Indian cricketer Jayant Yadav on Sunday became the first batsman to score a Test century while batting at number 9. His stylish efforts saw him contribute handsomely to the unbeaten 215-run stand for the eighth wicket in the fourth Test against England in Mumbai.
Yadav’s maiden Test century came after skipper Virat Kohli slammed his third double century of the year as India tightened their grip on the fourth cricket Test against England by extending the first-innings lead to a formidable 179 runs here today.
At lunch on the fourth day, India were strongly placed at 579 for seven in their first innings, responding to England’s 400 all out.
Kohli was batting on a career-best 212, while Jayant Yadav was unbeaten on 92, having stitched a record eighth wicket double century partnership.
Star batsman Kohli started the morning session on 147, in a team total of 451/7, and reached his double century before lunch with a flick through midwicket for a single.
Yadav, resuming the day on 30, now holds the record for the highest score by an Indian number nine batsman.
Kohli, during a marathon stay of 479 minutes, struck 24 fours in 184 balls.
Yadav’s knock included 13 fours and he has faced 184 balls. He had been dropped on 8 yesterday and it has proved extremely costly for the visitors.
The duo’s partnership at lunch was worth 215 runs in 319 balls, having obliterated by a distance the earlier stand of 161 for the same wicket against all comers by Mohammed Azharuddin and Anil Kumble against South Africa in 1996-97.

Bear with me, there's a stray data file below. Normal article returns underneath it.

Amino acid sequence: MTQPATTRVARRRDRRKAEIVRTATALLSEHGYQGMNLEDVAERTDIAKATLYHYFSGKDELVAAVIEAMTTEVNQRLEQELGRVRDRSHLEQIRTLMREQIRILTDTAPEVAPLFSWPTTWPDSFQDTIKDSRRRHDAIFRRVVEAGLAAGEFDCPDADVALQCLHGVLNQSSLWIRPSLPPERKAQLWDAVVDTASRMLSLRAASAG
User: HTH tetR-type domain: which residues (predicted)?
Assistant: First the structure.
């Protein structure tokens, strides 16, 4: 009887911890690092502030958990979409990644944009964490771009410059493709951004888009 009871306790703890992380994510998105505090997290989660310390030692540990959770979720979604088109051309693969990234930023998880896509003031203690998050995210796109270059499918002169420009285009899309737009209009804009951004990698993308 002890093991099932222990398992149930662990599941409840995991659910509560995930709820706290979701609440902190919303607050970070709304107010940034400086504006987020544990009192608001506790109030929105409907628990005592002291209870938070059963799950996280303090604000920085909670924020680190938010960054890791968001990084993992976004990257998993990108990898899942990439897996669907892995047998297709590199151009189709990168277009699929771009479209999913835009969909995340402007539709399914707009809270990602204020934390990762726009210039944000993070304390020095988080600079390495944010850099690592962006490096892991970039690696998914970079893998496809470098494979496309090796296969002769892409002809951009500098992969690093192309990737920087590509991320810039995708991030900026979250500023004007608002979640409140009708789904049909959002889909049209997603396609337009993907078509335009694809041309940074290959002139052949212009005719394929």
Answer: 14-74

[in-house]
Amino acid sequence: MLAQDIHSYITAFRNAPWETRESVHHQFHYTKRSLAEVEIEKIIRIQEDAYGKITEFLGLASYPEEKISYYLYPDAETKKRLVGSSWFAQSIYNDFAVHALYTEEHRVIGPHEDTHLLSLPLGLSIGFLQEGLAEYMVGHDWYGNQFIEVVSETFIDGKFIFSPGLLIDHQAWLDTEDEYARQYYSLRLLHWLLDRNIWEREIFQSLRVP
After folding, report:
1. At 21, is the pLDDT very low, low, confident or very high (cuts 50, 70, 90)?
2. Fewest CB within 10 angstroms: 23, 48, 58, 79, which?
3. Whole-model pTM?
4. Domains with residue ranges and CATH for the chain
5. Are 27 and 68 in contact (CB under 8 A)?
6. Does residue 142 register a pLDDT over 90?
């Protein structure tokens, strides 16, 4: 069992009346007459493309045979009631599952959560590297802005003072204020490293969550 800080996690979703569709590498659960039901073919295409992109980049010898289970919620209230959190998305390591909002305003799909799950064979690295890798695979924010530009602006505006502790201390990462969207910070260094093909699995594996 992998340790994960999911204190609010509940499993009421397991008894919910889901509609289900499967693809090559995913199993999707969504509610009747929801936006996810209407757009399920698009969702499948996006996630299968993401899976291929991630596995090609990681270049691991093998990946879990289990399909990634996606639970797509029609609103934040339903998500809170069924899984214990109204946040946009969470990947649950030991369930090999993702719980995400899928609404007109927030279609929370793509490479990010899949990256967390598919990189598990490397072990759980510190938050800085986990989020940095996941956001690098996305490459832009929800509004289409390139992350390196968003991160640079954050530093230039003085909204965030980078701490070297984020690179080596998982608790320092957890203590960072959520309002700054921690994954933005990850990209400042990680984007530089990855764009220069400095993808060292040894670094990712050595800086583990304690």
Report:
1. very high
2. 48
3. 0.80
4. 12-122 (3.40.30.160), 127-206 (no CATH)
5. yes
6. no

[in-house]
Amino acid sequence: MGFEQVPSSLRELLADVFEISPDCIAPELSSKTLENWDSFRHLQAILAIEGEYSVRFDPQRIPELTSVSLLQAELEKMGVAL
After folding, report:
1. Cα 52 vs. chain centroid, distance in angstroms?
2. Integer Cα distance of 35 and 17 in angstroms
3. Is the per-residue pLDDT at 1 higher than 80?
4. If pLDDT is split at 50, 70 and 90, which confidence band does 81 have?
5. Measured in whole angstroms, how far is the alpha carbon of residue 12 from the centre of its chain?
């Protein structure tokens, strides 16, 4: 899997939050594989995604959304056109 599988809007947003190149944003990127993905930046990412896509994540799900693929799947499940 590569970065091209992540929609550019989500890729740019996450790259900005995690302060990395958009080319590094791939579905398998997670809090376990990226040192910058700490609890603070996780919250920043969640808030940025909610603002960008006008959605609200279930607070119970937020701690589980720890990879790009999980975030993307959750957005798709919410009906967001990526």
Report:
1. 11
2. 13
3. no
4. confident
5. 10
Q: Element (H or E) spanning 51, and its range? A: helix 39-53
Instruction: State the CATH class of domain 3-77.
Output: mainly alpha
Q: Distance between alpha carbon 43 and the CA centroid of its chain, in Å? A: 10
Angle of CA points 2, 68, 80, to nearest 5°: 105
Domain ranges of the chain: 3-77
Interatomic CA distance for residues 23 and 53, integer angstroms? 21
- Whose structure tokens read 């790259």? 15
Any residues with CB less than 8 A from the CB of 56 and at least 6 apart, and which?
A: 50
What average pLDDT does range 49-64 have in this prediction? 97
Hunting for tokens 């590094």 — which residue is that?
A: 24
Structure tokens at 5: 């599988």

As many as 128 runs were scored off 29 overs in the pre-lunch session, with the first hour producing 78 in 16.
England, buried under the avalanche of runs, can at best hope for a draw on a pitch where the Indian spin trio is expected to make life difficult for the English batsmen.
Kohli, who had struck double centuries earlier this year against the West Indies and New Zealand, and Yadav, were so merciless against the visiting bowlers that runs came in a cascade.
Significantly, it was the rookie Yadav, who struck more number of fours than the Indian captain against the demoralised England attack, which was shuffled constantly by captain Alastair Cook.
Yadav hit eight fours compared to Kohli’s four in the first hour of play. They also ran the field rugged by turning ones into twos with alacrity.
The duo also broke the eighth-wicket record partnership between these two countries of 168 by Ray Illingworth and Peter Taylor in 1971 in Manchester.
Their unfinished stand is also the second-highest ever for the eighth wicket by any country against England after the 243 way back in 1908 by Australia’s M J Hartigan and C Hill.